Some years since, when taking church notes in Barnstable Hundred, the rector of one of the churches directed my attention to various graves depressed in the centre. These, said he, my sexton affirms invariably indicate that the person buried died of consumption and that all who die of that disease have sooner or later broken-backed graves.
An historic Braintree saying is quoted:
Braintree for the pure, And Booking for the poor; Cogshall for the jeering town, And Kelvedon for the whore.
Dovercourt: all talkers and no hearers
At Dovercourt, near Harwich, a court was annually held, which, as it consists chiefly of seamen, brought with it a certain irregularity. Keeping Dovercourt is said to mean making a great noise, and the explanation is said to have arisen from the fact that Dovercourt was formerly celebrated for its scolds.
Foxs sleep (to be in a)
This is said of someone who kept his eyes shut and pretended to be asleep, when all the while he was listening to what was said around him.
Giving the straight tip
This phrase is largely used in rural townships and villages of Essex, where it evidently means speaking plainly and decisively, delivering an ultimatum and also something more. And the straight tip as given at Dunmow and nearby, not only means a direct reply without either evasion or reservation, but also a spirit of indifference and defiance very often meant as an insult.
Go to Romford to have your backsides new bottomed
Romford was formerly famous for breeches-making, so a man going there was thus teasingly advised to provide himself with a pair of new breeches.
Good elm, good barley; good oak, good wheat
Where the soil is thin and will only support forest trees in particular places, the cultivators are careful not to plough too deep.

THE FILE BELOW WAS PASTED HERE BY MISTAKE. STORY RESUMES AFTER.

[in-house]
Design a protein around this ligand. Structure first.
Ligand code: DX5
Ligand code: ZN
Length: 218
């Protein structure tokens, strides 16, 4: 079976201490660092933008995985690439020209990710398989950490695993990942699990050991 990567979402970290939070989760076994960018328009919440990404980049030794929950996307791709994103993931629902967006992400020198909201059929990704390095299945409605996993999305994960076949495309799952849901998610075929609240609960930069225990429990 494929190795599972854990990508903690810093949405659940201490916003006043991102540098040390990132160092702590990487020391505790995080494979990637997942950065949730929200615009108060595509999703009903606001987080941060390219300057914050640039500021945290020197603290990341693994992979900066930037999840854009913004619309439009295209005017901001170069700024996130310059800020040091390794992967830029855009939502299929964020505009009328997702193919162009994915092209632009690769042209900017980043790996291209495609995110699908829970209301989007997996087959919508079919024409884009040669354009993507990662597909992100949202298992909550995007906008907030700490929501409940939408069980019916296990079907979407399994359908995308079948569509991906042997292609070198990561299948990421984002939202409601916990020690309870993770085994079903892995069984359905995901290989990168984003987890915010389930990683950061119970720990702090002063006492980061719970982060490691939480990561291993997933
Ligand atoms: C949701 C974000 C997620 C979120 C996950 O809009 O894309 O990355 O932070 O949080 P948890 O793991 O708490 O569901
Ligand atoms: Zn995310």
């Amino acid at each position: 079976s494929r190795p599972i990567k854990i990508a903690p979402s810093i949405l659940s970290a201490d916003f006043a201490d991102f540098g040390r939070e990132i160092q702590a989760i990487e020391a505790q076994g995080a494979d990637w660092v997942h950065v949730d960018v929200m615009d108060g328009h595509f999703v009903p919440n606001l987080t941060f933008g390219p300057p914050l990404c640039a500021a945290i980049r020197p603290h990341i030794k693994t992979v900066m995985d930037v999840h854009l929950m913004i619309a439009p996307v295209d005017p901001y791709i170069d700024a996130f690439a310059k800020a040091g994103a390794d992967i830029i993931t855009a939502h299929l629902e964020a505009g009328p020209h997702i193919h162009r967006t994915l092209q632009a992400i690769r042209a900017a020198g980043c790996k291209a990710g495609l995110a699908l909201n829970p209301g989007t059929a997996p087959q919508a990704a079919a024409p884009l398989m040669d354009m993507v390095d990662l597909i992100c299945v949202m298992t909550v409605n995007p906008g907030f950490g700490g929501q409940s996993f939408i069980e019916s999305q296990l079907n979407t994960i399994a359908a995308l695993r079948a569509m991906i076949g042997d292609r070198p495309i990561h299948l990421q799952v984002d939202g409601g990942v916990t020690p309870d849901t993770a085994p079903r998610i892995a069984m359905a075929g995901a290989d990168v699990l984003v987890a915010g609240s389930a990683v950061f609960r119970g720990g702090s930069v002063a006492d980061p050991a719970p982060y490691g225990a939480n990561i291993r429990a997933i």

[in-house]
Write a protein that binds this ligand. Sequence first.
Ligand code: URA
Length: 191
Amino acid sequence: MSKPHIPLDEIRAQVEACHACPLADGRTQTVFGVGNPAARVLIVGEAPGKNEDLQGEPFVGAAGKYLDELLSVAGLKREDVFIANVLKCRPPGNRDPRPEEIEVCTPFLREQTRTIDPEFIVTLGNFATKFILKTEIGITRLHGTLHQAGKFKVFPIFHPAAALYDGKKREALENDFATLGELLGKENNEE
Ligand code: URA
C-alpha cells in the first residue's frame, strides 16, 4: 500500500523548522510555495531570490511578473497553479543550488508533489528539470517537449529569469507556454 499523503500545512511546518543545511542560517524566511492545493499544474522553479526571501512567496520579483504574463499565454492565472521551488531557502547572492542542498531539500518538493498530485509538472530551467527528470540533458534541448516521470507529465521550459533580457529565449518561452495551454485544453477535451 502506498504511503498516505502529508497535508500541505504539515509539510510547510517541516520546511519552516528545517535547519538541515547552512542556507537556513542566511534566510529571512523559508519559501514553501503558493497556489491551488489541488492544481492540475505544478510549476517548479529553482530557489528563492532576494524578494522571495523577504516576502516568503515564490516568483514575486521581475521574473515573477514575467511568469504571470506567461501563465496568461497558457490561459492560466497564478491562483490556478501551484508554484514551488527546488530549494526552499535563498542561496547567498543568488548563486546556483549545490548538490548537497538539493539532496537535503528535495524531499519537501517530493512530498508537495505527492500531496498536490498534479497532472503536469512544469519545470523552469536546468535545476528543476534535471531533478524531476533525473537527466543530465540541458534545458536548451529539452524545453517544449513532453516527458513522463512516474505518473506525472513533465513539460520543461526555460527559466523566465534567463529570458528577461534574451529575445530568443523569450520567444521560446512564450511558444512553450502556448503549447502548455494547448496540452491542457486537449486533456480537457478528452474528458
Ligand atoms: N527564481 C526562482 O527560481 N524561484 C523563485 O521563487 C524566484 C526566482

Lying by the wall
If anyone is dead, he or she is said to lie by the wall. It is generally said of an uninterred corpse. Lying by the wall implies that one is dead, but not buried.
Moon and mushrooms
Some felt that the growth of mushrooms is influenced by the changes of the moon and that towards and at the full of the moon, mushrooms show themselves and the crop declines when she begins to wane. Hence the following formula: When the moon is at the full, Mushrooms you may freely pull; But when the moon is on the wane, Wait ere you think to pluck again
Not to have her change
In the neighbourhood of Fobbing, when the peasants wished to express that a woman has not much nous, they say, she has not got her change. When speaking of a man, they say, he has not got all his buttons.
Put the millers eye out
To overdo with water or milk and to make a pudding too thin.
It is said of this village, Ugly church, ugly steeple; Ugly parson, ugly people.
During alterations of a house in King Street in Saffron Walden, the workmen came upon an old witch bottle imbedded about 18 inches below the floor, and very near the fireplace. It contained some water, about 14 horse-nails and 20 thorns. It is supposed to be upwards of two centuries old. Some curious old carvings on stone and oak were also discovered, probably of Elizabethan period. It is there stated that it was customary about the year 1610 to place under the entrance-door a jug filled with horseshoe nails, to prevent the entrance of witches.
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Adam Jacot de Boinod is the author of The Meaning of Tingo and Other Extraordinary Words from around the World, published by Penguin Books, and the Tingo App Game for iPhones on Interesting Words